Access to dental care has been a growing concern in the United States for the past 20 years.11 The term "access to care," popularly used in public health policy, may be used to refer to the availability of a sufficient supply of healthcare services and, more particularly, to an individual's ability to utilize those services, especially those needed for general well-being.11 Access to care has been described as comprising four interrelated aspects: affordability of services, physical accessibility of services, acceptability of services, and adequacy of supply.11 Regarding dental healthcare in the United States, all of these factors play a role in the composite well-being of the communities in which dental professionals serve.
Among the four barriers to access to care, the inability of some patients to afford healthcare looms especially large.12 Surveys have found that up to two out of five people report that they limit or delay dental treatment because of financial concerns.13The Centers for Disease Control and Prevention (CDC) reports that only half of Americans have dental insurance, and those without dental insurance coverage are much less likely to have had a dental visit than those with coverage.14
Based on figures from the US Health and Human services, only about 30% of individuals located in Health Professional Shortage Areas (HPSAs)-ie, geographic areas that have insufficient primary care, dental, and mental healthcare providers-have adequate access to care.15 This means that of the 60 million Americans who live in these designated areas, 42 million Americans do not have physical access to dental care.
While the number of general practitioners in HPSAs throughout the United States is limited, access to specialists in these regions is even more restricted. To see the same number of patients as general practitioners, specialists would require a referral area that is much broader, owing to the specialized nature of their care services; as a result, the services of specialists tend to be concentrated in more densely populated areas. Vulnerable populations outside of these regions are thus forced to travel long distances for healthcare services or are left without adequate care.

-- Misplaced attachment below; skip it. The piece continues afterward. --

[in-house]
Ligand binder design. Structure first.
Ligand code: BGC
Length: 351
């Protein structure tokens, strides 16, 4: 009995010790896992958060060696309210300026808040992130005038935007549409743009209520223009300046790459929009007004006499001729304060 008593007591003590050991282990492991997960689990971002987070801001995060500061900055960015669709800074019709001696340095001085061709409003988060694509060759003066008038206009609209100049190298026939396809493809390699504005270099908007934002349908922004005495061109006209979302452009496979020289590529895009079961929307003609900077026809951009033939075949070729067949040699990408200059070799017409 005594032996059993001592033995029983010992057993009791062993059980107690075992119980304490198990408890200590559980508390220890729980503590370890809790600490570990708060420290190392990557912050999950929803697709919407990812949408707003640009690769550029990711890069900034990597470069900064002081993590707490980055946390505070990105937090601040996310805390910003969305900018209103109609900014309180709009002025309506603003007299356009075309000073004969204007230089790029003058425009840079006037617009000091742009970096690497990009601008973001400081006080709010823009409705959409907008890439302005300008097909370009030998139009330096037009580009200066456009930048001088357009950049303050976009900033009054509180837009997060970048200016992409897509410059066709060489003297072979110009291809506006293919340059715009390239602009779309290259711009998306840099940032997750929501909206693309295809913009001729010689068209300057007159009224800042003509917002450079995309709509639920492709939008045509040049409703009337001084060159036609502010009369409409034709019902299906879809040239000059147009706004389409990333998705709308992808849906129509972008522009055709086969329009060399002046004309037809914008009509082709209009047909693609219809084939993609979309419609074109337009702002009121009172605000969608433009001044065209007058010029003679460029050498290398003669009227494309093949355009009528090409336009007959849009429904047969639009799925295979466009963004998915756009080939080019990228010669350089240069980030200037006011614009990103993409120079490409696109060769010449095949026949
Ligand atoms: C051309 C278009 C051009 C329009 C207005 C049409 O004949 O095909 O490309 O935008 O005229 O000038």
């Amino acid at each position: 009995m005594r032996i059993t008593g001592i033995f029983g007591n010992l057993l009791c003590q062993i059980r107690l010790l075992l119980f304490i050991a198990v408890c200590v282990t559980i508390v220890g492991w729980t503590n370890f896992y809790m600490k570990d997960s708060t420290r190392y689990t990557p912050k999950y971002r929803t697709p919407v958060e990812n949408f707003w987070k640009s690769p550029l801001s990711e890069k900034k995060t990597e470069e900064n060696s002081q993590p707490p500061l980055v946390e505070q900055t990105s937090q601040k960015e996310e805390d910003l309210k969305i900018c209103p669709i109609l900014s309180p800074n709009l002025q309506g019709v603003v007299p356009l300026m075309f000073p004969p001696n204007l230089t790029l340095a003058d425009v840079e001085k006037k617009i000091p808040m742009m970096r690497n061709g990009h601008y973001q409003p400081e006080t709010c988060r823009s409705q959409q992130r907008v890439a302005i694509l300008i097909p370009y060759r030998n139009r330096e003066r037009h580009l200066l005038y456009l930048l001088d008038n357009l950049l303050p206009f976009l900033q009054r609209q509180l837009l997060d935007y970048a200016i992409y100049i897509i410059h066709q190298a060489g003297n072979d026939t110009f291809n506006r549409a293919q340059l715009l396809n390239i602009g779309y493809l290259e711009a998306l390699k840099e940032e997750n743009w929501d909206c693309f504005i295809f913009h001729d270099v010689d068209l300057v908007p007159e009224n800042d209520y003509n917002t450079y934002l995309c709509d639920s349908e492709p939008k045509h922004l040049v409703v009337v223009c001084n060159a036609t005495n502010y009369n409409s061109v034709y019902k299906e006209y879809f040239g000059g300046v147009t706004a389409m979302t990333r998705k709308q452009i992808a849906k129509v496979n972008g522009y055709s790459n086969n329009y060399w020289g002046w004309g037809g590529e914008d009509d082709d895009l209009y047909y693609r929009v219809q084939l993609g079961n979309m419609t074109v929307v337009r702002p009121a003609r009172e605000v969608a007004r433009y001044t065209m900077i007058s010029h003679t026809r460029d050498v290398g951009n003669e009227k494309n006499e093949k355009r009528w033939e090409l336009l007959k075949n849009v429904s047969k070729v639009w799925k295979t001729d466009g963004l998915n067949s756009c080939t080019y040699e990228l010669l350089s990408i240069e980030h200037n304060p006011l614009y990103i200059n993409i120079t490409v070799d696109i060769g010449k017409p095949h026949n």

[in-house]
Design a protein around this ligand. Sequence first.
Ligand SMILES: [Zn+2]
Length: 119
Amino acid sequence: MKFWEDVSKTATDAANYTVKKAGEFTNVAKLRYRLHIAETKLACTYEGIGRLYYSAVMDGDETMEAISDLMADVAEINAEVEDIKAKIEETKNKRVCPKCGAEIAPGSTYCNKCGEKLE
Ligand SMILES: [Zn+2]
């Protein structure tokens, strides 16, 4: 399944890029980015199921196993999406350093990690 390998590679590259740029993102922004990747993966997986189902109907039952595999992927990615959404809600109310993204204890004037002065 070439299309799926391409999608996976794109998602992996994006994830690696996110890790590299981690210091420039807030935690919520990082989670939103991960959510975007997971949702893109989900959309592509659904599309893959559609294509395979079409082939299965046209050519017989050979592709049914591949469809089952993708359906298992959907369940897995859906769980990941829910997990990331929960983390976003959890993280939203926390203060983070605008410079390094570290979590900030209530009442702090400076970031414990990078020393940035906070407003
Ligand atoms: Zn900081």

Adequacy of Supply
According to the HPSA report of 2020, more than 10,000 dental providers are needed to meet the demand of care.15 Based on these data, even if providers are physically located in the region where need is greatest, there may still not be enough clinicians to treat all patients who need care. The report calculates that a ratio of one practitioner per 4,000 patients can be considered as meeting the need of an area. Although populations within HPSAs are most likely not receiving two dental hygiene visits per year, theo-
retically 8,000 appointments per year would be required to satisfy the hygiene needs of a patient population. For a given clinic, it would be necessary for four chairs to run eight 1-hour appointment 5 days per week for 50 weeks out of the year to satisfy this need. In many states, this would not even be legal, given the current laws established by state dental boards.16,17
A Technological Solution to Access to Care Issues
Over the past decade, health policy reforms have been aimed at improving access to care for the greatest number of Americans possible. While access to dental care has likely improved as a result of these reforms, many believe that the nation's dental care system needs to undergo significant changes and improvements in order to achieve the desired outcomes relating to care access.18 Well-intentioned policy will probably take years to implement, and even then it may still not be able to solve access to care issues reliably across the board. Individual practitioners will likely need to make changes to their practices to help achieve any type of sustainable solution.
Flexible solutions are needed to combat the problems posed by the barriers to care.19 The author suggests that one potential solution is the adoption and adaptation of CAD/CAM technology as a means of providing the highest quality of dental care more quickly and efficiently, and at a lower cost to the patient. Although the economics of investing in in-office CAD/CAM workflows may seem daunting at first, a closer examination of the details shows that an investment in digital dental technology can provide not only financial benefits to the practice and the patient, but improve clinical outcomes as well.20,21
At a clinic treating patients in an underserved population, a 54-year-old female patient presented requesting extraction of all of her teeth and fabrication of dentures for her long-term restorations. The patient had a history of breast cancer, which had been treated with chemotherapy. She believed that full dentures would be an appropriate treatment option for her, owing to the poor state of her oral health and dentition and because she had limited financial resources and did not think that she could afford restoration of her teeth. The patient reported that she had experienced depression and alcohol abuse because of her cancer diagnosis, and that she had neglected her dental care during the course of her cancer treatment, resulting in generalized moderate-to-severe caries with moderate wear due to bruxism (Figure 1 through Figure 5). She also presented with significant staining of her remaining dentition due to the alcohol abuse.